You must provide a reason when filing for divorce in Texas. The state recognizes seven grounds for divorce, some of which are fault and some that are no-fault.
What are the seven grounds for divorce in Texas?
Fault-based grounds for divorce
In a fault-based divorce, the person filing for divorce claims that the other party did something wrong. There are four fault-based grounds:
Willfully causing suffering or pain to your spouse is grounds for divorce as cruelty.
Voluntary sexual intercourse with someone other than a spouse is adultery.
- Felony criminal conviction
These grounds apply if a spouse receives a felony conviction and serves at least one year in prison unless the spouse filing for divorce testified against the other spouse.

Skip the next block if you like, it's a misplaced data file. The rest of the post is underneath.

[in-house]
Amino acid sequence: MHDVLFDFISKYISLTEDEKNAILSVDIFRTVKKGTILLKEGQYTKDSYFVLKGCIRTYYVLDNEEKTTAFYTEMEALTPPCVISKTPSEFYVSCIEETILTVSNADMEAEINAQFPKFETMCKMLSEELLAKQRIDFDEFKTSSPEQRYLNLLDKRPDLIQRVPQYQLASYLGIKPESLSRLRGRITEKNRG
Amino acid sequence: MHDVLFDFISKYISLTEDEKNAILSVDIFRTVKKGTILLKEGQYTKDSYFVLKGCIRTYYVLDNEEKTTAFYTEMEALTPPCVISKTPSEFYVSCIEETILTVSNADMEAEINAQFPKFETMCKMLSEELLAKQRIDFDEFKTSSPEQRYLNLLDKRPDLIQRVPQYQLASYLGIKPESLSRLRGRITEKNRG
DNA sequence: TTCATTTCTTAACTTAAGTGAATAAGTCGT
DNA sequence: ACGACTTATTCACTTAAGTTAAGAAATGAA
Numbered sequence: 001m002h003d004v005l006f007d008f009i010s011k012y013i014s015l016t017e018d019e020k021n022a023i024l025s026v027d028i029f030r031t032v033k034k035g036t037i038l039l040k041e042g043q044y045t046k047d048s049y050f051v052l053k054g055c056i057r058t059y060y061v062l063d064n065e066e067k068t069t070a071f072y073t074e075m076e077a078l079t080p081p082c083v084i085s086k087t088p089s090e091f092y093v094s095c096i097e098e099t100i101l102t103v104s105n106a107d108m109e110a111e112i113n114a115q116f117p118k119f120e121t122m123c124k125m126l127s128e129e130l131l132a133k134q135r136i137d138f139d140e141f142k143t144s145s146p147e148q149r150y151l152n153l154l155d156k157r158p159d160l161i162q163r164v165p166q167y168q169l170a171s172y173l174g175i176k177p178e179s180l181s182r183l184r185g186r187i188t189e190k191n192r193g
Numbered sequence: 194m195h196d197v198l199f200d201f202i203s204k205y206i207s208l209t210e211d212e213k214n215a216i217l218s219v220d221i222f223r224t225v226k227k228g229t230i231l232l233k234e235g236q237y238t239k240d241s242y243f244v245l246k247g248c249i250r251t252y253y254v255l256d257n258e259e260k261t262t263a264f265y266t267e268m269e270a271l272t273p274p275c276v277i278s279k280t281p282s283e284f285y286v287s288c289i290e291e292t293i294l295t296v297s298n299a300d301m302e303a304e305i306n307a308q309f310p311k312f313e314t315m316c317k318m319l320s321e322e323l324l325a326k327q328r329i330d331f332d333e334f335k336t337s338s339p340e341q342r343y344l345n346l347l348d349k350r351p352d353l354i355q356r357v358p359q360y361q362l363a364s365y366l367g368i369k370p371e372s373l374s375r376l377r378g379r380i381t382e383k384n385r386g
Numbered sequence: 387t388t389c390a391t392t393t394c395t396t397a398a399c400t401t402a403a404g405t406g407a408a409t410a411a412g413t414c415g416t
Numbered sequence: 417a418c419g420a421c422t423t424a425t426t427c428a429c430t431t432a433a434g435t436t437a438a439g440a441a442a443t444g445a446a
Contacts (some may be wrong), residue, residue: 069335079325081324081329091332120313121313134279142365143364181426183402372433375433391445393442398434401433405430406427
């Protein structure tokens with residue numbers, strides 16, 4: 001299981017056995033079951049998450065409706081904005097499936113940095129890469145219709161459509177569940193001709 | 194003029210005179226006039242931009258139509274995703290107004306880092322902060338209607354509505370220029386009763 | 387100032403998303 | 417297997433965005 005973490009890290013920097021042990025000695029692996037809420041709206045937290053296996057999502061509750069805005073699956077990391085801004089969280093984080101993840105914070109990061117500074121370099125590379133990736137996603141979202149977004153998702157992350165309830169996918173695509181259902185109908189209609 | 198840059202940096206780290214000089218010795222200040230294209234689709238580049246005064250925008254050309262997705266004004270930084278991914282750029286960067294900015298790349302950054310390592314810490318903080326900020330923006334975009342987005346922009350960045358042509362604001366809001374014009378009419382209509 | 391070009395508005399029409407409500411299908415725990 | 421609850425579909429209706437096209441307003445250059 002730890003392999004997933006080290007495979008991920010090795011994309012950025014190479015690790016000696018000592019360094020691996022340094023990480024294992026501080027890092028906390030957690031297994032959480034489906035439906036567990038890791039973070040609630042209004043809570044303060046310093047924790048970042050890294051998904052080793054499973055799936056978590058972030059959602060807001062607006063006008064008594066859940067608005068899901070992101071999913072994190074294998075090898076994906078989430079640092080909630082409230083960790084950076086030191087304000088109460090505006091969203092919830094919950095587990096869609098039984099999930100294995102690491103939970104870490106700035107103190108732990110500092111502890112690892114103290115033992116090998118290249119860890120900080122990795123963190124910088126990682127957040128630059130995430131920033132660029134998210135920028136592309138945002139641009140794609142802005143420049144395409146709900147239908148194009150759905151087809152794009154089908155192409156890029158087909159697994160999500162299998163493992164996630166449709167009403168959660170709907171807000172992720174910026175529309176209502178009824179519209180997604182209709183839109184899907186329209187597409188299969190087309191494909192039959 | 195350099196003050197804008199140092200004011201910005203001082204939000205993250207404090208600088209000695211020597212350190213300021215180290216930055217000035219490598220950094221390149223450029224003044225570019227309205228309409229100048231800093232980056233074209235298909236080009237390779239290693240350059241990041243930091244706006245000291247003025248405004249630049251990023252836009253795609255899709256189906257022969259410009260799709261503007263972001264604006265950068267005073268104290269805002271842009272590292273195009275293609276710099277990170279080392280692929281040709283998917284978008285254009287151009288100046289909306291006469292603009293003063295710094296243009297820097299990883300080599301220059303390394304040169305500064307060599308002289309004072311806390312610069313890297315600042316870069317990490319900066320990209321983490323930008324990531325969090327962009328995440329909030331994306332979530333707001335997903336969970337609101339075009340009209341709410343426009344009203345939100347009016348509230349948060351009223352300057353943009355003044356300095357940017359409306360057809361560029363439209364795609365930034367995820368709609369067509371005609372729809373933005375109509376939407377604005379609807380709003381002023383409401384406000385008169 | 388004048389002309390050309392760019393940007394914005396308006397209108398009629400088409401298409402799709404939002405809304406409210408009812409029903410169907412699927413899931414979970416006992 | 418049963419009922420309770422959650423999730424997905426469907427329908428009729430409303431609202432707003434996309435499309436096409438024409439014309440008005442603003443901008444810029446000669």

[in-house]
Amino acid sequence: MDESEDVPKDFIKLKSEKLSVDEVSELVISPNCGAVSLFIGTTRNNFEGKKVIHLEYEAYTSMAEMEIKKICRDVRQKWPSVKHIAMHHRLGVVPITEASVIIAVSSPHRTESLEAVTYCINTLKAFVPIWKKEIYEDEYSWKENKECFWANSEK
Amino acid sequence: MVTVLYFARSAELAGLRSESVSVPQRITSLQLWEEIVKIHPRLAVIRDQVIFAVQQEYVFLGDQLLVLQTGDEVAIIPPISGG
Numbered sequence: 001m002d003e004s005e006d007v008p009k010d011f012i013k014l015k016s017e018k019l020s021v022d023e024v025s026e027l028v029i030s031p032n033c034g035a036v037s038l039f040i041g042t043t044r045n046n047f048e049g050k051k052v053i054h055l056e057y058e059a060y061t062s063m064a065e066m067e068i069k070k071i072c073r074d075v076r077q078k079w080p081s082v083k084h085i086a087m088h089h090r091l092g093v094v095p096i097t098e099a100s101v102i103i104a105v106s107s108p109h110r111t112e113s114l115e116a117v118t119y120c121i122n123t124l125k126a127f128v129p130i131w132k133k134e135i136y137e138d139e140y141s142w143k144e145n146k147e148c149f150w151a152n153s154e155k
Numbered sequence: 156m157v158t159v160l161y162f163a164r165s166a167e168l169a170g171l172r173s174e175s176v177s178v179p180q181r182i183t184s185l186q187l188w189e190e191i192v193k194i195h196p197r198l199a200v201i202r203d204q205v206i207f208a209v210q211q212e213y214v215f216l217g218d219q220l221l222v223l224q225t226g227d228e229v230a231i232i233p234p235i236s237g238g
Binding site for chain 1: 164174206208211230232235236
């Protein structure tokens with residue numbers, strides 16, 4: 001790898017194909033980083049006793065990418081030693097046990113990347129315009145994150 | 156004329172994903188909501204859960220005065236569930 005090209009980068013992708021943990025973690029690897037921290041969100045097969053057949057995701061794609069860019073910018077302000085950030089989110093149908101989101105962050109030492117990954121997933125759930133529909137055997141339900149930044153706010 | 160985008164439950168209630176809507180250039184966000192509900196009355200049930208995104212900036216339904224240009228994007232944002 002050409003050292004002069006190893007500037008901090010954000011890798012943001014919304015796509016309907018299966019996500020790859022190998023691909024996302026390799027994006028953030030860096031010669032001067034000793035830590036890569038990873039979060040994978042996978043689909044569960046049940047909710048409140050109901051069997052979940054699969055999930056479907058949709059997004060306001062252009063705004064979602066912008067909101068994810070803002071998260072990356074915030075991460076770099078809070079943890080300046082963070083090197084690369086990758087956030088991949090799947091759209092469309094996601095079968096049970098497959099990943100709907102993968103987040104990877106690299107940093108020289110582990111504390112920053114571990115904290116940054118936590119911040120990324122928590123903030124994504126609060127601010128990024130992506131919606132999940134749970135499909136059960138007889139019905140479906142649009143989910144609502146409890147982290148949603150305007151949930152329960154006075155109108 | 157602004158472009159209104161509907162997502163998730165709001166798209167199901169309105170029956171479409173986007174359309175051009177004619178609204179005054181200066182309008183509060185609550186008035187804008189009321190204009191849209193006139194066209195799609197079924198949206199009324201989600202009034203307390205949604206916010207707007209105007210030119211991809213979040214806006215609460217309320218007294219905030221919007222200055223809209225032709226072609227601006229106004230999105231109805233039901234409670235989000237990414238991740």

If a spouse voluntarily leaves the other for at least one year and does not intend to return, a judge may grant a divorce on the grounds of abandonment.
In a no-fault divorce, there is no accusation that either party did anything wrong. There are three no-fault grounds:
These grounds apply when one or both spouses believe the marriage is no longer tolerable.
- Living apart
A judge may grant a divorce on these grounds if the couple has been living separately for at least three years.
- Confinement in a mental hospital
If a mental hospital confines a spouse for at least three years and the situation is unlikely to improve, these grounds may apply.
The grounds you choose can impact property and custody issues, so it is a good idea to choose carefully before filing.